Study suggests that our well being is shaped by our environment

Posted on May 10, 2016

Photo: flickr

Contrary to the idea that we are separate from what we experience, the study claims that we ought to think about how the environment we create might, in turn, be used to create us. With this in mind, the scientists investigated how the way we interact with space defines how we identify ourselves and our capabilities. “The built environment can restrict or promote spatial cognition, which can influence one’s self-hood,” the researchers explain. “Our spatial coordinates and our ‘selves’ are intertwined.”

The researchers explain that our understanding of an environment would differ according to our experience of it. For example, learning your way through a space using a map gives a different understanding than through learning your own route. In a mapped environment, the tendency is to think of objects in relation to one another, whereas finding your own way might lead to thinking about the space in terms of its relation to you.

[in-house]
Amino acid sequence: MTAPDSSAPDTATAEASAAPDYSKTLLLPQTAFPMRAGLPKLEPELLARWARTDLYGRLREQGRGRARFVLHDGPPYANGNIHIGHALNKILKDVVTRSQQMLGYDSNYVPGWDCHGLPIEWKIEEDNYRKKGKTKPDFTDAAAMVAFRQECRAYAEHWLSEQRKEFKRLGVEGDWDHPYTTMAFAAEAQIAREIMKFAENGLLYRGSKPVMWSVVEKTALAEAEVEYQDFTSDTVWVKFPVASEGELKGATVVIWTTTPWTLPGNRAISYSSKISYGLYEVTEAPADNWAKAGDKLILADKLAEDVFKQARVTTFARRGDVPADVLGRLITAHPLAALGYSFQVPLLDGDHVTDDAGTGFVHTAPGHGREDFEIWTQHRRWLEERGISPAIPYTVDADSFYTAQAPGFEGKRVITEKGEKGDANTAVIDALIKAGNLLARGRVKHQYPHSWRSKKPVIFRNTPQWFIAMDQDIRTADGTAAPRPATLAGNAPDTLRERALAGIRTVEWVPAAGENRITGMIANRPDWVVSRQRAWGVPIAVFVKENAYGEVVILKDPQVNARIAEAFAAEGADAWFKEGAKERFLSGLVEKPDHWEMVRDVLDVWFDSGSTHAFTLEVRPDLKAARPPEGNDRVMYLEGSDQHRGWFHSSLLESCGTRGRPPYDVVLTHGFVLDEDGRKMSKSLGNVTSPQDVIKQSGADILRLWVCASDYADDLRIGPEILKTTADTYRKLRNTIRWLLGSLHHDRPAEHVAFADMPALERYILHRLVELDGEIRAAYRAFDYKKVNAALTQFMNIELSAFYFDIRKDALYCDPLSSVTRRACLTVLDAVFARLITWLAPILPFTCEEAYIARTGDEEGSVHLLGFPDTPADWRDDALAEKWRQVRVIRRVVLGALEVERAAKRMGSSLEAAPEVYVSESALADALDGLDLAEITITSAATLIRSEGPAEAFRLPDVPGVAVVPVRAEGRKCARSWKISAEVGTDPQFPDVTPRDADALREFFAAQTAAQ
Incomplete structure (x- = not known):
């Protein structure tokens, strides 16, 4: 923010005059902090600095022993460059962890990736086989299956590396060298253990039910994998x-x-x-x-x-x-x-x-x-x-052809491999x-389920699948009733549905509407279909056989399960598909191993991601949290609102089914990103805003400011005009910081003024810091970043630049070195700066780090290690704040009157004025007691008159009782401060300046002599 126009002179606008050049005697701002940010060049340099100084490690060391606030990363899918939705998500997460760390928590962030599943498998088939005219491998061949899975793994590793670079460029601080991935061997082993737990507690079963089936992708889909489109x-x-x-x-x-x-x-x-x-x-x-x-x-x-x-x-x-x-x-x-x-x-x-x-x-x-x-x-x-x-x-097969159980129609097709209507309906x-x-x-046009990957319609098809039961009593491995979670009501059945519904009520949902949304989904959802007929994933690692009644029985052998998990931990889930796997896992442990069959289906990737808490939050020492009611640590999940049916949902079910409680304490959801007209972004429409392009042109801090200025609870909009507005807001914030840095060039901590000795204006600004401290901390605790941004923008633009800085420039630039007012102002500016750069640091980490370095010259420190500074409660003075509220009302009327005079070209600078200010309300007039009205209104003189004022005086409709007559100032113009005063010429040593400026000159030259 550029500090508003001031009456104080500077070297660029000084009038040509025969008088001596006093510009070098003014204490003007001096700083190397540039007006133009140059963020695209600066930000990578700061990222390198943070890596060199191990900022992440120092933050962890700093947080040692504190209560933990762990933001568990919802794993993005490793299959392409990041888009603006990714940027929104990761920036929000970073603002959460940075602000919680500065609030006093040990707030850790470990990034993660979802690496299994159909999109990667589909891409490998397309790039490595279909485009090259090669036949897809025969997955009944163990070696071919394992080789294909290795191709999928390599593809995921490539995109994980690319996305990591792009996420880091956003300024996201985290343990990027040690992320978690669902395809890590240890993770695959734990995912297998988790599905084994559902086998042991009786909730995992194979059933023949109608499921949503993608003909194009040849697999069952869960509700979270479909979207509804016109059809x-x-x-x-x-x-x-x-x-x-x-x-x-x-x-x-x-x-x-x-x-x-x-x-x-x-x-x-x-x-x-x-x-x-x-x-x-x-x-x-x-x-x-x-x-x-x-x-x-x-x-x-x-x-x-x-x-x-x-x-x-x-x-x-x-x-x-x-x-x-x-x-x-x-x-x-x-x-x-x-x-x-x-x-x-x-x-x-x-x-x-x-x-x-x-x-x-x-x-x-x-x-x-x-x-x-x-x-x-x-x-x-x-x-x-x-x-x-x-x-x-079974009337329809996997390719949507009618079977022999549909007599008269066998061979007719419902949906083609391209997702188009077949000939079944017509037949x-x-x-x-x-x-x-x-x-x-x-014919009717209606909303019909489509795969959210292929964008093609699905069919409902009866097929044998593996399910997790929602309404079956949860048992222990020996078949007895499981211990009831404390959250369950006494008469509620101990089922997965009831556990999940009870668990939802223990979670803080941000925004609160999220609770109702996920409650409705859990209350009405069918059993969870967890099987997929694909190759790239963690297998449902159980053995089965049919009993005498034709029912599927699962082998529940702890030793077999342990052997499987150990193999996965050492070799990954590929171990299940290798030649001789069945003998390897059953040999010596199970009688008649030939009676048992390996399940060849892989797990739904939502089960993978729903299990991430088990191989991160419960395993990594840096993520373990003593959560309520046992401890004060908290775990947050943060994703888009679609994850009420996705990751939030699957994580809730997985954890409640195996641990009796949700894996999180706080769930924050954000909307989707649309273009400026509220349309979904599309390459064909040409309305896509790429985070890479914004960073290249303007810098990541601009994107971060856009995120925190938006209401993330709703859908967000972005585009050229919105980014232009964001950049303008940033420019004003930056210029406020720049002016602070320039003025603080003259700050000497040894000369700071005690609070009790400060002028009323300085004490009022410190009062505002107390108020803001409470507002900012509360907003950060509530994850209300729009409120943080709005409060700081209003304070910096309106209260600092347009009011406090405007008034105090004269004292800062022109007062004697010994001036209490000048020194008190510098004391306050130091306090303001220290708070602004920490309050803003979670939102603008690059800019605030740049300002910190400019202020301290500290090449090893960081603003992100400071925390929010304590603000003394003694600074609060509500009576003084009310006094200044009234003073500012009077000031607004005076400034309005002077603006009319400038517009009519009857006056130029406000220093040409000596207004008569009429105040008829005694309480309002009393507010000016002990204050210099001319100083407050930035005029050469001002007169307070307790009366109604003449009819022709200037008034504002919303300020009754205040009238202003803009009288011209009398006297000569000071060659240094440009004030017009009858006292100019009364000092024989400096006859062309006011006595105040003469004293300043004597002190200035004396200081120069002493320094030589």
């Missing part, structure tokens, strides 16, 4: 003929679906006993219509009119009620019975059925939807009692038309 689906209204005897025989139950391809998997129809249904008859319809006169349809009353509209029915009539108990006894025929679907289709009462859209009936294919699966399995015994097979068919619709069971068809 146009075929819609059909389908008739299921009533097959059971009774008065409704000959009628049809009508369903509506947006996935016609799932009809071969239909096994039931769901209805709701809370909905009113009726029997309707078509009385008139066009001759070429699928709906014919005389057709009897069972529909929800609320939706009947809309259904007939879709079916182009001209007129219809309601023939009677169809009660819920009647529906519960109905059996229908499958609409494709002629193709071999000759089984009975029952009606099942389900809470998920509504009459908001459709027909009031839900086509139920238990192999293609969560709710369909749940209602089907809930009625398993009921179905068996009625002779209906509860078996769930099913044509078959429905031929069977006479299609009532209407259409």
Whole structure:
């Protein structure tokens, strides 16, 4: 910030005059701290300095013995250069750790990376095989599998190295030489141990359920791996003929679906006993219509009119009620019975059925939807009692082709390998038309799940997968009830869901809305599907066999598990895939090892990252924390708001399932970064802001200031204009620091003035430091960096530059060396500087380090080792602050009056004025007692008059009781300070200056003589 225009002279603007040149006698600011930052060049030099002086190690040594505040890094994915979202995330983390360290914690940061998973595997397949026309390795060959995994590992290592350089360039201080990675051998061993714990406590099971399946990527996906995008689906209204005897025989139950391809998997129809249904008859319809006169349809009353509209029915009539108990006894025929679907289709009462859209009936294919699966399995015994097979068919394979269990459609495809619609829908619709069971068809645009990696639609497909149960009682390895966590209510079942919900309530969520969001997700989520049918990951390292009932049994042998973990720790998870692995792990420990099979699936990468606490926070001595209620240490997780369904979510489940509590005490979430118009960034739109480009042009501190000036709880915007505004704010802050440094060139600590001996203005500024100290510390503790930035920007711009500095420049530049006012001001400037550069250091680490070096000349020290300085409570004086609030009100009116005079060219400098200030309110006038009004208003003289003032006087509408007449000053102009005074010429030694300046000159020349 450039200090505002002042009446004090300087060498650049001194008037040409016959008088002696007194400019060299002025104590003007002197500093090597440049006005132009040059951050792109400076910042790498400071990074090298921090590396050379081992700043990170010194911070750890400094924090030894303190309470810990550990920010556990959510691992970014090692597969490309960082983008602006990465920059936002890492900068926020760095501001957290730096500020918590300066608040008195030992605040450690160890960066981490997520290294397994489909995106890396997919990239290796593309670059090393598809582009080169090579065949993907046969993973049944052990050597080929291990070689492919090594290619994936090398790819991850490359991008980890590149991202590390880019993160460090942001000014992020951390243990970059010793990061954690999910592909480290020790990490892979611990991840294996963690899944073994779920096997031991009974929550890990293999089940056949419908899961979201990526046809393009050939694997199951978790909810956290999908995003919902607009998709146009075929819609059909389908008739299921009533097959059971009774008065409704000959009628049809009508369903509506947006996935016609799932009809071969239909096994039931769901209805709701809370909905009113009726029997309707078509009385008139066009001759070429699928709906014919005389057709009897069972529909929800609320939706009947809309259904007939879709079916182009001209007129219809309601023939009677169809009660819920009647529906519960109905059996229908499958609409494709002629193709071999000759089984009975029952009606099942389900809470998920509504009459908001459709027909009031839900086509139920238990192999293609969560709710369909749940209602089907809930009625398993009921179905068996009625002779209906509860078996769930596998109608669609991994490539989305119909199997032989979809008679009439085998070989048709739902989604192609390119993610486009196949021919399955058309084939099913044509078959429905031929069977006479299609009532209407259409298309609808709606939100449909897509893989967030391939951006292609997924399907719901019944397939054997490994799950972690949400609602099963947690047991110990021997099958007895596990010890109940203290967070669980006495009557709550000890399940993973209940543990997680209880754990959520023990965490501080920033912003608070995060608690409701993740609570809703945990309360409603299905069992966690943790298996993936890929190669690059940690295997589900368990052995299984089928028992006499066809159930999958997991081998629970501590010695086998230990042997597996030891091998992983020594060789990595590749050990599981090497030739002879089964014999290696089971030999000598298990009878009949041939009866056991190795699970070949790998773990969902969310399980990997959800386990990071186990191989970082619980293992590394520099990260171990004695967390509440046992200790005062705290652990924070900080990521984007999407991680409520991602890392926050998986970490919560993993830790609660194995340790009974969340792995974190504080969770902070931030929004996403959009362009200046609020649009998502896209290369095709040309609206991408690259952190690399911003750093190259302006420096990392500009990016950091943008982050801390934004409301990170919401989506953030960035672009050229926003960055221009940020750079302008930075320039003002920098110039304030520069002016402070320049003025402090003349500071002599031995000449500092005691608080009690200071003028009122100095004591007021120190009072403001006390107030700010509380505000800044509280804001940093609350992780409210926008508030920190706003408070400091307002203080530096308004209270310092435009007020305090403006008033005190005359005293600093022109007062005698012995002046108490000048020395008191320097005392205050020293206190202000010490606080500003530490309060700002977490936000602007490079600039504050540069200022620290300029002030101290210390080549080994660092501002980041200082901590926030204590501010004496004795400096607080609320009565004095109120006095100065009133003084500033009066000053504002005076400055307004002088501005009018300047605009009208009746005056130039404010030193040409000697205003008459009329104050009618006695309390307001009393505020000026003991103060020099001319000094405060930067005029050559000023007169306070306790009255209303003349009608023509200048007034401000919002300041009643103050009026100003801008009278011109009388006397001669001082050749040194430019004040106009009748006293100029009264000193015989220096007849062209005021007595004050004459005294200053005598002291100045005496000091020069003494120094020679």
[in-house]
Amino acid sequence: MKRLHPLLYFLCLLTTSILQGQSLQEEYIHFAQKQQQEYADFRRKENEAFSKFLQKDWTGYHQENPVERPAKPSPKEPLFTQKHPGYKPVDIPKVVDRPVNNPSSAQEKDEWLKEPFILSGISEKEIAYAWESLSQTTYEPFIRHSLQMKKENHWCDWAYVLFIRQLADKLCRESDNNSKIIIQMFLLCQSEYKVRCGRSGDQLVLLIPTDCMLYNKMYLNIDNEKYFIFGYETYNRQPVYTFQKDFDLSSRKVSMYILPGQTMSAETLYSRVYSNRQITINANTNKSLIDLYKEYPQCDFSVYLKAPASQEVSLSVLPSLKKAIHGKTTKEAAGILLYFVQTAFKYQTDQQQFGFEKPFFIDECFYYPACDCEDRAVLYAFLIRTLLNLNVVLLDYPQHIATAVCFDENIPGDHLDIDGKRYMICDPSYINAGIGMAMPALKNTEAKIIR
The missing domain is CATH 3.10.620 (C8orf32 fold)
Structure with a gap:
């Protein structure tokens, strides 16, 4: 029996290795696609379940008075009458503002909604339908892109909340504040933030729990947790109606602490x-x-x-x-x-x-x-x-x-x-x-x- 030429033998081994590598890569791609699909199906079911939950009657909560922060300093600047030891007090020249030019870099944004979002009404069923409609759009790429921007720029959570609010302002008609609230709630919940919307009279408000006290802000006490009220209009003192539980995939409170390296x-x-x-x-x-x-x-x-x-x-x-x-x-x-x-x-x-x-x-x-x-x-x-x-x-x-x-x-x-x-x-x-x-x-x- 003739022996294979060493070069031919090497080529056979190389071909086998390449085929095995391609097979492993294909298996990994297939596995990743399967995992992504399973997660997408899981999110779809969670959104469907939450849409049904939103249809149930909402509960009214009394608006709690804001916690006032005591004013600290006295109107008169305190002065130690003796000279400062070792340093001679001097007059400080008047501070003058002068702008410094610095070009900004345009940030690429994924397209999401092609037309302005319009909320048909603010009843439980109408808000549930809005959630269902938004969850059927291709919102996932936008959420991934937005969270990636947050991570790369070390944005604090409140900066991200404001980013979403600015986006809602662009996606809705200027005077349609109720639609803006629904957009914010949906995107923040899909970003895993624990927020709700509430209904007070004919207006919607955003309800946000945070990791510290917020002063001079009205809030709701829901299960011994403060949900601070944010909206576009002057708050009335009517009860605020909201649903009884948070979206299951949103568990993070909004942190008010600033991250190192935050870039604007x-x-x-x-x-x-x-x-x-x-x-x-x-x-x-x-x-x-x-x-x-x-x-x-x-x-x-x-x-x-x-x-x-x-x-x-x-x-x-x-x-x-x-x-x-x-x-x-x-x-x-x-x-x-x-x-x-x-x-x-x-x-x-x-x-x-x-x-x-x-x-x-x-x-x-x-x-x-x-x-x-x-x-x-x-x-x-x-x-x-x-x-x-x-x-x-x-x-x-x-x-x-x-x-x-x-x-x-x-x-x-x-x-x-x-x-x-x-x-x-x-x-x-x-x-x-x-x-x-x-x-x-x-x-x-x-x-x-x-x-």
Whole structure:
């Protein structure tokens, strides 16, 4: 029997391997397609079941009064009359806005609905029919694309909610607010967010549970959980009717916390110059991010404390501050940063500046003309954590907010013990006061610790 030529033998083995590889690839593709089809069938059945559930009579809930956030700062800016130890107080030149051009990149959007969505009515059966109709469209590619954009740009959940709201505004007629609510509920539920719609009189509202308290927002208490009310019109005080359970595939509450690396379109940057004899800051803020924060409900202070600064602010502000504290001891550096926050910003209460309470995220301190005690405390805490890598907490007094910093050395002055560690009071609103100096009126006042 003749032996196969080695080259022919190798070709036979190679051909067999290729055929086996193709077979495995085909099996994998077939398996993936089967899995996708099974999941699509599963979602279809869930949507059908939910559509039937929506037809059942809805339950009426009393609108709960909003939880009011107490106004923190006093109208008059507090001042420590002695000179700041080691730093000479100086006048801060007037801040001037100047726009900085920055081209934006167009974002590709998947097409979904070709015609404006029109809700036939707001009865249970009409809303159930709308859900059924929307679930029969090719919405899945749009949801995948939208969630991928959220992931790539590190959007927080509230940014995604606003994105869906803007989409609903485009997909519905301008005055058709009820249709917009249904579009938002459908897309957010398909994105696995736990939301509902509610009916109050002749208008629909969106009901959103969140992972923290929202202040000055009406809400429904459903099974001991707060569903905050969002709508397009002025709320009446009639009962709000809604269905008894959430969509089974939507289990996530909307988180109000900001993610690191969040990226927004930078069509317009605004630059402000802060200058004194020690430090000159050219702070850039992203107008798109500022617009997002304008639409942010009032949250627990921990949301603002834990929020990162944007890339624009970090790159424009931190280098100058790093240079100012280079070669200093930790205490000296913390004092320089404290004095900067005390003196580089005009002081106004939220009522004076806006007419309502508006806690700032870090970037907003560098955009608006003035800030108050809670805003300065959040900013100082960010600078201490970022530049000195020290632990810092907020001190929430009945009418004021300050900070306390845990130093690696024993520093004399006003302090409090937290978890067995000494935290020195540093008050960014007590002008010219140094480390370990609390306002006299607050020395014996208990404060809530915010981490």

The scientists explain that well-built environments are important for well-being. A relationship to the space we’re in is a fundamental human experience hence built environments need to address everyone’s needs.

But it goes beyond creating a building space. The fact that experience can shape individual differences, which in turn can affect the quality of spatial and social cognition a person, suggests that growing up in certain built environments can have detrimental or beneficial effects on their cognitive ability. This brings up questions such as whether raising children in enclosed spaces versus open spaces will result in differences in spatial and social cognition.

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Source material from PsyPost


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